State v. Williams

Annotate this Case

480 N.W.2d 390 (1992)

239 Neb. 985

STATE of Nebraska, Appellee, v. Jimmie Lee WILLIAMS, Appellant.

No. 90-525.

Supreme Court of Nebraska.

February 14, 1992.

*392 James A. Wagoner, Grand Island, for appellant.

Don Stenberg, Atty. Gen., Mark D. Starr, and, on brief, Susan M. Ugai, Lincoln, for appellee.

HASTINGS, C.J., and BOSLAUGH, WHITE, CAPORALE, SHANAHAN, GRANT, and FAHRNBRUCH, JJ.

*393 HASTINGS, Chief Justice.

Following a trial by jury the defendant, Jimmie Lee Williams, was convicted of the April 22, 1989, first degree murder of Richard Dale Kinikin, as well as a second count of use of a weapon to commit a felony. He was sentenced to a term of life imprisonment, as well as a consecutive term of 6½ to 20 years on the second count. Defendant has appealed to this court, assigning 17 alleged errors, which may be combined to constitute the following: (1) insufficiency of the evidence, (2) testimony of defendant's spouse in violation of spousal immunity, (3) failure to grant defendant's request for change of venue, (4) failure to sustain defendant's challenge for cause of a juror, (5) failure to grant defendant six extra peremptory challenges, (6) errors in the admission of evidence, (7) error in giving an instruction regarding self-defense, and (8) error in considering victim impact information during the sentencing phase of trial. We affirm.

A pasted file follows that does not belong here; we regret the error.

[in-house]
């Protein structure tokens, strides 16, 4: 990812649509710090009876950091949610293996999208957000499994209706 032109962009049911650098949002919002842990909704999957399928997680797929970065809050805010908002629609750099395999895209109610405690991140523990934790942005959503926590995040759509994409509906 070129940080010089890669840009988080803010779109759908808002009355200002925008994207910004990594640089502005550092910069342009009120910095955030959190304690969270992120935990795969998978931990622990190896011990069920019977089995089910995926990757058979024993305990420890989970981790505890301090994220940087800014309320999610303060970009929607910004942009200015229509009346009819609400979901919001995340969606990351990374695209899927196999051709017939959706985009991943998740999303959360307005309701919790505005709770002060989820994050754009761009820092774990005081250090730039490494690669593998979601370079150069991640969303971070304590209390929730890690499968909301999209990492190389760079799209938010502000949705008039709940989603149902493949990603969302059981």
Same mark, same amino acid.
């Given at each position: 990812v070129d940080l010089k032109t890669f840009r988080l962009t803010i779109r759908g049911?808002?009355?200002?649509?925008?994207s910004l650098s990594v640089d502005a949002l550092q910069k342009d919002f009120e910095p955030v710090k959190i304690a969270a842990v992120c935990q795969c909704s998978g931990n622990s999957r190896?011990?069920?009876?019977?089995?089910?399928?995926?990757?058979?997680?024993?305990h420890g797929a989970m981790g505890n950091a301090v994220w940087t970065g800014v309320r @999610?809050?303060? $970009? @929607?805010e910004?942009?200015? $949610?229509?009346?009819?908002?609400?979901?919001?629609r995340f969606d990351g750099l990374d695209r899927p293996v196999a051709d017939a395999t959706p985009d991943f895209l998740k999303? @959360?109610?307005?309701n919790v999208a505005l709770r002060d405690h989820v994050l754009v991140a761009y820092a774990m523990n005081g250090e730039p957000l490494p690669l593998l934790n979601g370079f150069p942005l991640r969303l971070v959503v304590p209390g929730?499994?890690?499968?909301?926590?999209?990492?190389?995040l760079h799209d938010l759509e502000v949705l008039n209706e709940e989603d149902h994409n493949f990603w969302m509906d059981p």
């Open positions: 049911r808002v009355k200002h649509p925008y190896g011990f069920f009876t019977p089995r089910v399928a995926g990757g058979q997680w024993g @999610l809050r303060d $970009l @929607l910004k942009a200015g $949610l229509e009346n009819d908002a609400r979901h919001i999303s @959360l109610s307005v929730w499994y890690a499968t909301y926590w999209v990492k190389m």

Although the testimony of the various witnesses is contradictory to some degree, there appears to be no reasonable doubt that defendant deliberately and with premeditation shot and killed Kinikin.

Defendant was proceeding westerly on Interstate 80 in his tractor-trailer unit, which was then being driven by his wife. He got into a conversation over his CB radio with another truckdriver, which was described as degenerating into a "cuss fight." Defendant testified that the voice on the other radio stated, "I got a mind to make you put that big old blue freight shaker [truck] in the ditch." He also testified that he, the defendant, said, "I got a good mind to have my wife just come on, go around you and you can take your garbage mouth somewhere else." The other driver, or the other voice on the CB, was said to have stated, "You come on up here and if you are still sitting there in that seat... I'll blow a hole in you."